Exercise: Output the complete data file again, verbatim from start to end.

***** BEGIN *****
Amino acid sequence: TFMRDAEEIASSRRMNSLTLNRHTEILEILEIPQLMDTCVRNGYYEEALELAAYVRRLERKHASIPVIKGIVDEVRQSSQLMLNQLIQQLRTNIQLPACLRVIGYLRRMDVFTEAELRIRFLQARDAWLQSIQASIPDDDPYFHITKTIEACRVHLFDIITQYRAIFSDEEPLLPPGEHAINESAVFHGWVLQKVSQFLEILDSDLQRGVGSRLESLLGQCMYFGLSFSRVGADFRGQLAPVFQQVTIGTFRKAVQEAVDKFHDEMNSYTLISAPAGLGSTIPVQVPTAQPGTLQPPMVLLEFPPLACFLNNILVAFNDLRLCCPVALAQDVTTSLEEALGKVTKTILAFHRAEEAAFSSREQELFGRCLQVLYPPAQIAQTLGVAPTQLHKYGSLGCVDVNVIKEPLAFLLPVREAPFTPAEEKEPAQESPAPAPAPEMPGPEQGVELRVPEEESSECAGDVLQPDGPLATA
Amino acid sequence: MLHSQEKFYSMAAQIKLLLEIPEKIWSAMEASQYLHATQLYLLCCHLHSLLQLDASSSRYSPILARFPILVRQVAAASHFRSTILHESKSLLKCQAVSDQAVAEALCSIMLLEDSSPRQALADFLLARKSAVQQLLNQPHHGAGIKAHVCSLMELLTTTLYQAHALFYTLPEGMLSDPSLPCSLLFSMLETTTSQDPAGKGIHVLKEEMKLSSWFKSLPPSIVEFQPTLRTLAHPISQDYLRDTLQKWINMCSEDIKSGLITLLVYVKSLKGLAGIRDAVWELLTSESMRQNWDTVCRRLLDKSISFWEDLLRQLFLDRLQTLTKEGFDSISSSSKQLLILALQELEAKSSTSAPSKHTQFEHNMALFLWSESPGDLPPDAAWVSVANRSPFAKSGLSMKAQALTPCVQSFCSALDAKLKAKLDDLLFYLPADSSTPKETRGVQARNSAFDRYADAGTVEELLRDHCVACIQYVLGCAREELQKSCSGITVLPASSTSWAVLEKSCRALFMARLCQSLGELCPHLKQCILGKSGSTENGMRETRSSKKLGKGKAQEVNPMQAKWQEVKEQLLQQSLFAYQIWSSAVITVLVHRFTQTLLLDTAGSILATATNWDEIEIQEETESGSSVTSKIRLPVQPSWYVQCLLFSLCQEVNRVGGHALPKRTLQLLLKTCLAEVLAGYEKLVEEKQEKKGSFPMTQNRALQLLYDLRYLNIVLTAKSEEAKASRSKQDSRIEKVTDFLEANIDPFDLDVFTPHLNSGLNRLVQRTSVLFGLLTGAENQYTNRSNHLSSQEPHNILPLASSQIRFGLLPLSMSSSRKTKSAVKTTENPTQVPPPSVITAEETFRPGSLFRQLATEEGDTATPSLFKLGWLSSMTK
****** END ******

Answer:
Amino acid sequence: TFMRDAEEIASSRRMNSLTLNRHTEILEILEIPQLMDTCVRNGYYEEALELAAYVRRLERKHASIPVIKGIVDEVRQSSQLMLNQLIQQLRTNIQLPACLRVIGYLRRMDVFTEAELRIRFLQARDAWLQSIQASIPDDDPYFHITKTIEACRVHLFDIITQYRAIFSDEEPLLPPGEHAINESAVFHGWVLQKVSQFLEILDSDLQRGVGSRLESLLGQCMYFGLSFSRVGADFRGQLAPVFQQVTIGTFRKAVQEAVDKFHDEMNSYTLISAPAGLGSTIPVQVPTAQPGTLQPPMVLLEFPPLACFLNNILVAFNDLRLCCPVALAQDVTTSLEEALGKVTKTILAFHRAEEAAFSSREQELFGRCLQVLYPPAQIAQTLGVAPTQLHKYGSLGCVDVNVIKEPLAFLLPVREAPFTPAEEKEPAQESPAPAPAPEMPGPEQGVELRVPEEESSECAGDVLQPDGPLATA
Amino acid sequence: MLHSQEKFYSMAAQIKLLLEIPEKIWSAMEASQYLHATQLYLLCCHLHSLLQLDASSSRYSPILARFPILVRQVAAASHFRSTILHESKSLLKCQAVSDQAVAEALCSIMLLEDSSPRQALADFLLARKSAVQQLLNQPHHGAGIKAHVCSLMELLTTTLYQAHALFYTLPEGMLSDPSLPCSLLFSMLETTTSQDPAGKGIHVLKEEMKLSSWFKSLPPSIVEFQPTLRTLAHPISQDYLRDTLQKWINMCSEDIKSGLITLLVYVKSLKGLAGIRDAVWELLTSESMRQNWDTVCRRLLDKSISFWEDLLRQLFLDRLQTLTKEGFDSISSSSKQLLILALQELEAKSSTSAPSKHTQFEHNMALFLWSESPGDLPPDAAWVSVANRSPFAKSGLSMKAQALTPCVQSFCSALDAKLKAKLDDLLFYLPADSSTPKETRGVQARNSAFDRYADAGTVEELLRDHCVACIQYVLGCAREELQKSCSGITVLPASSTSWAVLEKSCRALFMARLCQSLGELCPHLKQCILGKSGSTENGMRETRSSKKLGKGKAQEVNPMQAKWQEVKEQLLQQSLFAYQIWSSAVITVLVHRFTQTLLLDTAGSILATATNWDEIEIQEETESGSSVTSKIRLPVQPSWYVQCLLFSLCQEVNRVGGHALPKRTLQLLLKTCLAEVLAGYEKLVEEKQEKKGSFPMTQNRALQLLYDLRYLNIVLTAKSEEAKASRSKQDSRIEKVTDFLEANIDPFDLDVFTPHLNSGLNRLVQRTSVLFGLLTGAENQYTNRSNHLSSQEPHNILPLASSQIRFGLLPLSMSSSRKTKSAVKTTENPTQVPPPSVITAEETFRPGSLFRQLATEEGDTATPSLFKLGWLSSMTK